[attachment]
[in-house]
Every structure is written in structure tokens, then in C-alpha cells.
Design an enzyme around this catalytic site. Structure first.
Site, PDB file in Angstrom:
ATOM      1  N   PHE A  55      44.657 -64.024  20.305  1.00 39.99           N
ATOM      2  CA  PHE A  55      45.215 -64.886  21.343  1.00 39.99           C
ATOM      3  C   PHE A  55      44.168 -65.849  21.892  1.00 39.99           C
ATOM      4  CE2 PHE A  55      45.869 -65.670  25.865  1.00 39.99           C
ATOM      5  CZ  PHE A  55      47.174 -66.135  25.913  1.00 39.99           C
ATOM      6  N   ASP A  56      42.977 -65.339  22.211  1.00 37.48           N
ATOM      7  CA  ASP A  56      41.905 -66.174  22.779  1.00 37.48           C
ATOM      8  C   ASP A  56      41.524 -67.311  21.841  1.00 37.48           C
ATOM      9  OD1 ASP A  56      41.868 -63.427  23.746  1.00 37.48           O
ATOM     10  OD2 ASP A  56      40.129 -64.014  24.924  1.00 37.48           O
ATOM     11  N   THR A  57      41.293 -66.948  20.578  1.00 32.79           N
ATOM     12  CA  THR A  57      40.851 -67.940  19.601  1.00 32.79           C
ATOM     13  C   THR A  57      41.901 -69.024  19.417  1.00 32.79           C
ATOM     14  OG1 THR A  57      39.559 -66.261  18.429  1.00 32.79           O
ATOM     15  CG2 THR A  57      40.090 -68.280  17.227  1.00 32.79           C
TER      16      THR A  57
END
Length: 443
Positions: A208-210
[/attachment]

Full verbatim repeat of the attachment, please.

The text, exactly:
[in-house]
Every structure is written in structure tokens, then in C-alpha cells.
Design an enzyme around this catalytic site. Structure first.
Site, PDB file in Angstrom:
ATOM      1  N   PHE A  55      44.657 -64.024  20.305  1.00 39.99           N
ATOM      2  CA  PHE A  55      45.215 -64.886  21.343  1.00 39.99           C
ATOM      3  C   PHE A  55      44.168 -65.849  21.892  1.00 39.99           C
ATOM      4  CE2 PHE A  55      45.869 -65.670  25.865  1.00 39.99           C
ATOM      5  CZ  PHE A  55      47.174 -66.135  25.913  1.00 39.99           C
ATOM      6  N   ASP A  56      42.977 -65.339  22.211  1.00 37.48           N
ATOM      7  CA  ASP A  56      41.905 -66.174  22.779  1.00 37.48           C
ATOM      8  C   ASP A  56      41.524 -67.311  21.841  1.00 37.48           C
ATOM      9  OD1 ASP A  56      41.868 -63.427  23.746  1.00 37.48           O
ATOM     10  OD2 ASP A  56      40.129 -64.014  24.924  1.00 37.48           O
ATOM     11  N   THR A  57      41.293 -66.948  20.578  1.00 32.79           N
ATOM     12  CA  THR A  57      40.851 -67.940  19.601  1.00 32.79           C
ATOM     13  C   THR A  57      41.901 -69.024  19.417  1.00 32.79           C
ATOM     14  OG1 THR A  57      39.559 -66.261  18.429  1.00 32.79           O
ATOM     15  CG2 THR A  57      40.090 -68.280  17.227  1.00 32.79           C
TER      16      THR A  57
END
Length: 443
Positions: A208-210